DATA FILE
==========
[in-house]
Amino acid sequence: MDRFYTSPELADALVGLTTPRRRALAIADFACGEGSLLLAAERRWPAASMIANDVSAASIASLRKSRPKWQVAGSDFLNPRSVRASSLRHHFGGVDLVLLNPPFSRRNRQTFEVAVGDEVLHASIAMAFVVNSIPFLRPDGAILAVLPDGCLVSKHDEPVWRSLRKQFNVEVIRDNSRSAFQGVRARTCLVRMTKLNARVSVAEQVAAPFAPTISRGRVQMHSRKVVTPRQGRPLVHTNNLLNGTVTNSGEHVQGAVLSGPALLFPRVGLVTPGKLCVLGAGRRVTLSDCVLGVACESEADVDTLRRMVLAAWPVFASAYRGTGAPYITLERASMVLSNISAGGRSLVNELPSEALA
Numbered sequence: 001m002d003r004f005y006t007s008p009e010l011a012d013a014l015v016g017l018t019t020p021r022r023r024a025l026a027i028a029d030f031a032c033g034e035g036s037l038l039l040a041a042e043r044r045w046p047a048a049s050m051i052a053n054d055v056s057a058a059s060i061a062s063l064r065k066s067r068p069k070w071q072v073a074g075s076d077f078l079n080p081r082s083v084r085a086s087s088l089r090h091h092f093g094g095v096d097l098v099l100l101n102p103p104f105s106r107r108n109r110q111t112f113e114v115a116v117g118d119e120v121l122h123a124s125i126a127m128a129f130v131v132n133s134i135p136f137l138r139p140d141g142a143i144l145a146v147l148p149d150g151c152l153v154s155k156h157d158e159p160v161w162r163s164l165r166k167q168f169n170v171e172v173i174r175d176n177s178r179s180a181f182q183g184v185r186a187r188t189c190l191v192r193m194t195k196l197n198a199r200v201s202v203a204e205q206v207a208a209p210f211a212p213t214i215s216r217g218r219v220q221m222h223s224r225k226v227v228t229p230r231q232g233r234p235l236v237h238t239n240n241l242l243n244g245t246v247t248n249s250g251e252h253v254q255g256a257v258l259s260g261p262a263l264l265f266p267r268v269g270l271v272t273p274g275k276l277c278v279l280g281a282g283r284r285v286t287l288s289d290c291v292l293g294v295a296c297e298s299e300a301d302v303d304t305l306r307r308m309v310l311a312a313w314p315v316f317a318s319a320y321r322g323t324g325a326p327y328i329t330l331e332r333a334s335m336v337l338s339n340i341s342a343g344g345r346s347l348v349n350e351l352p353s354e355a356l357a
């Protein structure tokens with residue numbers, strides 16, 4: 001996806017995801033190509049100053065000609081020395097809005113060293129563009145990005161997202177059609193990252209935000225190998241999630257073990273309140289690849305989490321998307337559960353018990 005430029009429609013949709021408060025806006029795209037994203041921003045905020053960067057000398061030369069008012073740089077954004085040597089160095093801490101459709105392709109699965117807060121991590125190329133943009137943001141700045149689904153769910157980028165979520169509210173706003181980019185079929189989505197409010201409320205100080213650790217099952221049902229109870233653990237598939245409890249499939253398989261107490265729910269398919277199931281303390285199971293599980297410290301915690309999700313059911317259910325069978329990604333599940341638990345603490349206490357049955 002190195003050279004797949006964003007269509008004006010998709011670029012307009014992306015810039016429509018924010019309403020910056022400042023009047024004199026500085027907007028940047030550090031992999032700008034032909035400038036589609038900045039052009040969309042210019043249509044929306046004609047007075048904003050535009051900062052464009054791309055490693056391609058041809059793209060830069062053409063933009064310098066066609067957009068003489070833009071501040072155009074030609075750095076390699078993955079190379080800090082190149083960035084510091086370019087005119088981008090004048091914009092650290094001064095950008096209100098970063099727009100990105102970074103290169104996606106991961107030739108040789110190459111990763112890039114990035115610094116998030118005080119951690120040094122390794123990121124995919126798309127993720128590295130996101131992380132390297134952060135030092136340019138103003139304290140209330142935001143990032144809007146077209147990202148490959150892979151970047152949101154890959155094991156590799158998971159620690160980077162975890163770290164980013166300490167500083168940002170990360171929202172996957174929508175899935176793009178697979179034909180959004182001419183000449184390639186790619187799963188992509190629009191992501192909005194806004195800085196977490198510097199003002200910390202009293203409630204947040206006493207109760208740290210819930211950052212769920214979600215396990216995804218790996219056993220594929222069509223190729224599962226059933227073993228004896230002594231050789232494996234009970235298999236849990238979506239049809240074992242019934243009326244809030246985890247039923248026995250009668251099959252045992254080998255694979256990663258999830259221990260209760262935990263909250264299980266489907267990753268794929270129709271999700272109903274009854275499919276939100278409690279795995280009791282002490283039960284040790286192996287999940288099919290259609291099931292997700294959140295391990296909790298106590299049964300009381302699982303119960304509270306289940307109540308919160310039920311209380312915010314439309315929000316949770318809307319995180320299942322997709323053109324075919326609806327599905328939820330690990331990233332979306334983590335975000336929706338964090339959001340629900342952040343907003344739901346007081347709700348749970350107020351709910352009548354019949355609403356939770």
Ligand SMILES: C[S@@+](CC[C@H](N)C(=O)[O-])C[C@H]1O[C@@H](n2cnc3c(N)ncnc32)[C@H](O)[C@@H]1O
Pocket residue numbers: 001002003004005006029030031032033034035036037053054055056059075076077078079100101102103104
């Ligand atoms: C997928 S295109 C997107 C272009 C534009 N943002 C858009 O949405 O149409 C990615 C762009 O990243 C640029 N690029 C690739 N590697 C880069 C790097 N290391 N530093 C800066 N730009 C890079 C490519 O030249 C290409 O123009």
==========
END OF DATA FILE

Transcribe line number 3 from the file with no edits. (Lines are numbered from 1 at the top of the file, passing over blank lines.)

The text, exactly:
Numbered sequence: 001m002d003r004f005y006t007s008p009e010l011a012d013a014l015v016g017l018t019t020p021r022r023r024a025l026a027i028a029d030f031a032c033g034e035g036s037l038l039l040a041a042e043r044r045w046p047a048a049s050m051i052a053n054d055v056s057a058a059s060i061a062s063l064r065k066s067r068p069k070w071q072v073a074g075s076d077f078l079n080p081r082s083v084r085a086s087s088l089r090h091h092f093g094g095v096d097l098v099l100l101n102p103p104f105s106r107r108n109r110q111t112f113e114v115a116v117g118d119e120v121l122h123a124s125i126a127m128a129f130v131v132n133s134i135p136f137l138r139p140d141g142a143i144l145a146v147l148p149d150g151c152l153v154s155k156h157d158e159p160v161w162r163s164l165r166k167q168f169n170v171e172v173i174r175d176n177s178r179s180a181f182q183g184v185r186a187r188t189c190l191v192r193m194t195k196l197n198a199r200v201s202v203a204e205q206v207a208a209p210f211a212p213t214i215s216r217g218r219v220q221m222h223s224r225k226v227v228t229p230r231q232g233r234p235l236v237h238t239n240n241l242l243n244g245t246v247t248n249s250g251e252h253v254q255g256a257v258l259s260g261p262a263l264l265f266p267r268v269g270l271v272t273p274g275k276l277c278v279l280g281a282g283r284r285v286t287l288s289d290c291v292l293g294v295a296c297e298s299e300a301d302v303d304t305l306r307r308m309v310l311a312a313w314p315v316f317a318s319a320y321r322g323t324g325a326p327y328i329t330l331e332r333a334s335m336v337l338s339n340i341s342a343g344g345r346s347l348v349n350e351l352p353s354e355a356l357a